Here’s another fact. The United States has the largest publishing industry in the world. In 2015 the U.S. market was worth just under $35 billion and represented about 26 percent of the total global publishing market. The book publishing industry claimed the largest share of that amount, with revenues totaling almost $34 billion the same year.
And here are some more facts from AuthorEarnings.com, a website for authors, by authors. The Author Earnings report produced by the website takes its data from 7,000 top-selling digital genre titles on Amazon’s category bestseller lists. Here is what it found:
- The Big Five traditional publishers now account for only 16% of the e-books on Amazon’s bestseller lists.
- Self-published books now represent 39% of e-book sales on Amazon’s Kindle Store.
- Indie authors are earning nearly 50% of the e-book dollars going to authors.
- Self-published authors are “dominating traditionally published authors” in sci-fi/fantasy, mystery/thriller, and romance genres but — and here is the surprise — they are also taking “significant market share in all genres.”
In other words, this is not your father’s or grandfather’s publishing world. The options for writers today are almost limitless.
And finally, let me end with a collection of a few more facts that were contained in the most recent Author Earnings Report.
- $2.99 and $3.99 are currently the pricing sweet spots for most e-book bestsellers. In general, authors who price their books modestly earn more than those whose average price is higher, but 99 cents is “no longer the path to riches.”
- Readers prefer longer e-books. Bestselling books tend to be over 100,000 words. This came as a big surprise to us.
- Series books outsell standalone books — but series books under 50,000 words are at a sales disadvantage.
- Free still works as a marketing tool, especially when an author offers the first book in a series for free. Still, it is much less useful than before — primarily because so many authors are taking advantage of it.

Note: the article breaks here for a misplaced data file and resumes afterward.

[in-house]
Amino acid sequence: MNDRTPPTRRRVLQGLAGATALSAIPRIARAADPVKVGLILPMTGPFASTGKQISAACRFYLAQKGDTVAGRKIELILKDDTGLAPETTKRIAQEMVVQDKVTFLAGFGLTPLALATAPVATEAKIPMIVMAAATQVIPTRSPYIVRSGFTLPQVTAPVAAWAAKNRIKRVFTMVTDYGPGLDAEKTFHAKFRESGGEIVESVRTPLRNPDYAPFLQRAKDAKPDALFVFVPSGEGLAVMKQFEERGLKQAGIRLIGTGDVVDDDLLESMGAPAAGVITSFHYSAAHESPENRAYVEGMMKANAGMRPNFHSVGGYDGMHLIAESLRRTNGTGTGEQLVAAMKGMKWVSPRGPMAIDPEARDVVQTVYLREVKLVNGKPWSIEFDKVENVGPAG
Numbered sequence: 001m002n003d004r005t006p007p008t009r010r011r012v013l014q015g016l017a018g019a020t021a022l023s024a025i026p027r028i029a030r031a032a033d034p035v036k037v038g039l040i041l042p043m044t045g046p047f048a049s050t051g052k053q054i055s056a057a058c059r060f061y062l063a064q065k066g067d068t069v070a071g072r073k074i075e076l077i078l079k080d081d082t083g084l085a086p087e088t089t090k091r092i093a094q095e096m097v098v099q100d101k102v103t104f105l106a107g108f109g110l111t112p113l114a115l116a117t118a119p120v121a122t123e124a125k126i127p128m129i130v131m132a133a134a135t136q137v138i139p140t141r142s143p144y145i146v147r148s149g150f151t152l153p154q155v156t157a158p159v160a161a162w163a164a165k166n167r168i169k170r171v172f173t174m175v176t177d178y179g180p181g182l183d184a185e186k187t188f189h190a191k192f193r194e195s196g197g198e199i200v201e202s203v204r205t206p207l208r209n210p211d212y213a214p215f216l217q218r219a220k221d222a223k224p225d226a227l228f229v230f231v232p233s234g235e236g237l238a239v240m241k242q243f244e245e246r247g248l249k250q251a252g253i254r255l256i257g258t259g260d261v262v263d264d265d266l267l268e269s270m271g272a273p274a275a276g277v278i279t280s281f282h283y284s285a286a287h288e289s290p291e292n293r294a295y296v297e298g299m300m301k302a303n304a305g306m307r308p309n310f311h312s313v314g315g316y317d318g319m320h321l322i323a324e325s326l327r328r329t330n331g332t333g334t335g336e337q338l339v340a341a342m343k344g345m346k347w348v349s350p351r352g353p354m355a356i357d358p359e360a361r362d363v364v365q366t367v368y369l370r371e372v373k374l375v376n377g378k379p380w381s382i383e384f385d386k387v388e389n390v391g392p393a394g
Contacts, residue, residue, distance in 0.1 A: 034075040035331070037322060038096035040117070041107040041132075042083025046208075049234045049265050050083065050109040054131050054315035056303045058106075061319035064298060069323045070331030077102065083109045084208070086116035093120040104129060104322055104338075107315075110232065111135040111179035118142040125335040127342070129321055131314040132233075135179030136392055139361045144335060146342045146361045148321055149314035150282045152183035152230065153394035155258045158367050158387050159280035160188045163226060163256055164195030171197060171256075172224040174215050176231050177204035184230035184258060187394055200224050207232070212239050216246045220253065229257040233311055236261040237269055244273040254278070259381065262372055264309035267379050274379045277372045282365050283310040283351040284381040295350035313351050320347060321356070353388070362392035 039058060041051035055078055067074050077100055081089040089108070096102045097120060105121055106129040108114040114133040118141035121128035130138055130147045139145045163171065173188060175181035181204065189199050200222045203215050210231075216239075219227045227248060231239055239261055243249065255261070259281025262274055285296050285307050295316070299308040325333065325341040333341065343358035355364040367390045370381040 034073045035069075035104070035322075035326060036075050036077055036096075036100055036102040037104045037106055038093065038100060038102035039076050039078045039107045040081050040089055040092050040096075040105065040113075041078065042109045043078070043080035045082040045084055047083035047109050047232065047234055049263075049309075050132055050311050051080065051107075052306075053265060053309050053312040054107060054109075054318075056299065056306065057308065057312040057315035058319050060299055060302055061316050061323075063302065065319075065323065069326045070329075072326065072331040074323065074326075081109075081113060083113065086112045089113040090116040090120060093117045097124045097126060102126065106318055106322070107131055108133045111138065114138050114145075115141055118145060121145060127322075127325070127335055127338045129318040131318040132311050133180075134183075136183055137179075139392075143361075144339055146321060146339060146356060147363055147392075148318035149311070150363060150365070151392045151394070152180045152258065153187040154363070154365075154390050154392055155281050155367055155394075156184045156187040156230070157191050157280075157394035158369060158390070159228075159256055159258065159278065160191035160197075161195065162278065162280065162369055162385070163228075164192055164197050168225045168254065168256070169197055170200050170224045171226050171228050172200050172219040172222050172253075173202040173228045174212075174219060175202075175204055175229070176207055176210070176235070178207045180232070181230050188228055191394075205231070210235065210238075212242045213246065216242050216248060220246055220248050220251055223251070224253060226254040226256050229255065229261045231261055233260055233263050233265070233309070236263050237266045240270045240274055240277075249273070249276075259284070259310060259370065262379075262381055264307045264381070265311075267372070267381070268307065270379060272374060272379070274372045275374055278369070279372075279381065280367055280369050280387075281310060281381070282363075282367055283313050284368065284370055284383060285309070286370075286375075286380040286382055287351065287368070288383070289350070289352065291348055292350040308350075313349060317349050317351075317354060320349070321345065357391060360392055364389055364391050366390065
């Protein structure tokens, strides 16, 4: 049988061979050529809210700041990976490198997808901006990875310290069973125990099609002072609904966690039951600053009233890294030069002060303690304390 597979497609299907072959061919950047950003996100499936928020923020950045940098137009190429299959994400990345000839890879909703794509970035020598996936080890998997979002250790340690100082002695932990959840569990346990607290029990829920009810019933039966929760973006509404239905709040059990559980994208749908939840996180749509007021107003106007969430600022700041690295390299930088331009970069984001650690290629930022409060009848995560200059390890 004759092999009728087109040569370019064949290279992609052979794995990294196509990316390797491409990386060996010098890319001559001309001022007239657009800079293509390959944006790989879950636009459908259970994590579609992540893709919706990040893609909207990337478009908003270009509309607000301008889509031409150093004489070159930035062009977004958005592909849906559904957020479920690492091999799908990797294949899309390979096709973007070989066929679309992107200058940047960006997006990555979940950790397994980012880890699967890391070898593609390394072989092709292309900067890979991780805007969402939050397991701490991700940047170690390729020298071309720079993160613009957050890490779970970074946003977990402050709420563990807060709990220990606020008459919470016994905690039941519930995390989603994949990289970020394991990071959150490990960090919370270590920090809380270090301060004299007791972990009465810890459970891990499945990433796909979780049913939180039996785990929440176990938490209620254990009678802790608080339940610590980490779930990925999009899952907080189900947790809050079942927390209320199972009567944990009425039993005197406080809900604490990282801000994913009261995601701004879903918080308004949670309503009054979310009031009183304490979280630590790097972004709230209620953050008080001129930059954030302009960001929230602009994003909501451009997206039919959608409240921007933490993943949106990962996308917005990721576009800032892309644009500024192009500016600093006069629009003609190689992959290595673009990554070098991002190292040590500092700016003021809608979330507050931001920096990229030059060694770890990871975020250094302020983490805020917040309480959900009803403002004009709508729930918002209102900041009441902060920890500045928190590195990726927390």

- Pre-orders give authors a sales advantage. “I think pre-orders today are where free was five years ago,” says Mark Coker, founder of e-book distributor Smashwords. “The first authors to effectively utilize pre-orders will gain the most advantage, just as the first authors to enter new distribution channels gain the most advantage,” he says.
- Non-fiction earns more at higher prices. That was a real shocker for me. “Non-fiction buyers are less price-sensitive,” says Coker. “It appears as if most non-fiction authors are under-pricing their works, and they should experiment with higher prices,” he says.
So what are the lessons you can learn from all of these facts? Well, for one thing, you don’t have to drown in rejection slips from traditional publishers. You can publish your book yourself as an independent author, or you can choose to publish an e-book via Amazon, Createspace, Smashwords, or any number of other organizations that publish e-books.
The world of book publishing is changing at warp speed. There is no need to be left behind. However, if you choose to forgo the traditional publishing route, be prepared to spend countless hours marketing your work via a variety of avenues.
But that is a topic for another day.